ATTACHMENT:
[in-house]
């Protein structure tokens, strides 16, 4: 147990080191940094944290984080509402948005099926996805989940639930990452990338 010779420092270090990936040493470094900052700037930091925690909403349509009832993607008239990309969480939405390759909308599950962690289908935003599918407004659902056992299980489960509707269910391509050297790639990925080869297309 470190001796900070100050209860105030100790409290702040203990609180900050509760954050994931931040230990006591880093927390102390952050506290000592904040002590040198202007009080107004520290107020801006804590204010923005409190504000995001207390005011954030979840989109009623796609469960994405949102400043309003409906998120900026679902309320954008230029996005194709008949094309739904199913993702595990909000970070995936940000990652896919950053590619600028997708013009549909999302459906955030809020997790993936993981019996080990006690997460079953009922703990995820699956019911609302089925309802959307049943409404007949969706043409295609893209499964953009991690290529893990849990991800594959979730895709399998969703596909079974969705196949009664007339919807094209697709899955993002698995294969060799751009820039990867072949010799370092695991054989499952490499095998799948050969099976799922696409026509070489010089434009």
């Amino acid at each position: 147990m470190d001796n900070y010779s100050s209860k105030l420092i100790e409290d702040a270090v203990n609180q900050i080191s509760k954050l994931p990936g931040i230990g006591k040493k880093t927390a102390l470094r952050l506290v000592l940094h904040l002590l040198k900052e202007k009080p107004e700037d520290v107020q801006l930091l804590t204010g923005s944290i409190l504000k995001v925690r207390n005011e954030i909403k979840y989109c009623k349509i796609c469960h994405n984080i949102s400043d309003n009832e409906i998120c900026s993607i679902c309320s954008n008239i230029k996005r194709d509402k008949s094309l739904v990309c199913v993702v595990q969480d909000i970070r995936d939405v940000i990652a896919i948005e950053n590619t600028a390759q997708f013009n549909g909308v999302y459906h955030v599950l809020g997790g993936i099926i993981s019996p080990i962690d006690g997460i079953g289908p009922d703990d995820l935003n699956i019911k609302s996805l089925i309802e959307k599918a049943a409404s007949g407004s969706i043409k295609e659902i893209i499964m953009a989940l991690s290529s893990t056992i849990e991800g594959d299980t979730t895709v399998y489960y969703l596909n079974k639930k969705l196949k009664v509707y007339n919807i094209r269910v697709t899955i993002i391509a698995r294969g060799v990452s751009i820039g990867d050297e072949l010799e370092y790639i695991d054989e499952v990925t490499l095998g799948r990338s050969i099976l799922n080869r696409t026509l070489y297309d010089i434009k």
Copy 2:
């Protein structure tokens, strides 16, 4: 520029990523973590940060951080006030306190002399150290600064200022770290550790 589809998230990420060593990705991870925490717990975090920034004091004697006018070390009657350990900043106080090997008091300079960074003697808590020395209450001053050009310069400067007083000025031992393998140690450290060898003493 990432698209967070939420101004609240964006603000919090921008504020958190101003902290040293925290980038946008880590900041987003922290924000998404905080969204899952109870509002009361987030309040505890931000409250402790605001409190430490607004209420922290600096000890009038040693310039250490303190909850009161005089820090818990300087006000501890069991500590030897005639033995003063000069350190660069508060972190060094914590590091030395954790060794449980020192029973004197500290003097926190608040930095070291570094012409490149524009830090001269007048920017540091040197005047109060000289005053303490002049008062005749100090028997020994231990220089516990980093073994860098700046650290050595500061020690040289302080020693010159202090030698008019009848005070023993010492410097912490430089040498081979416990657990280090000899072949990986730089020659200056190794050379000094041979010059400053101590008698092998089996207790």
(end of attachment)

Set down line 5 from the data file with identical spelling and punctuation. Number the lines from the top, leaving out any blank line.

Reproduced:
């Protein structure tokens, strides 16, 4: 520029990523973590940060951080006030306190002399150290600064200022770290550790 589809998230990420060593990705991870925490717990975090920034004091004697006018070390009657350990900043106080090997008091300079960074003697808590020395209450001053050009310069400067007083000025031992393998140690450290060898003493 990432698209967070939420101004609240964006603000919090921008504020958190101003902290040293925290980038946008880590900041987003922290924000998404905080969204899952109870509002009361987030309040505890931000409250402790605001409190430490607004209420922290600096000890009038040693310039250490303190909850009161005089820090818990300087006000501890069991500590030897005639033995003063000069350190660069508060972190060094914590590091030395954790060794449980020192029973004197500290003097926190608040930095070291570094012409490149524009830090001269007048920017540091040197005047109060000289005053303490002049008062005749100090028997020994231990220089516990980093073994860098700046650290050595500061020690040289302080020693010159202090030698008019009848005070023993010492410097912490430089040498081979416990657990280090000899072949990986730089020659200056190794050379000094041979010059400053101590008698092998089996207790």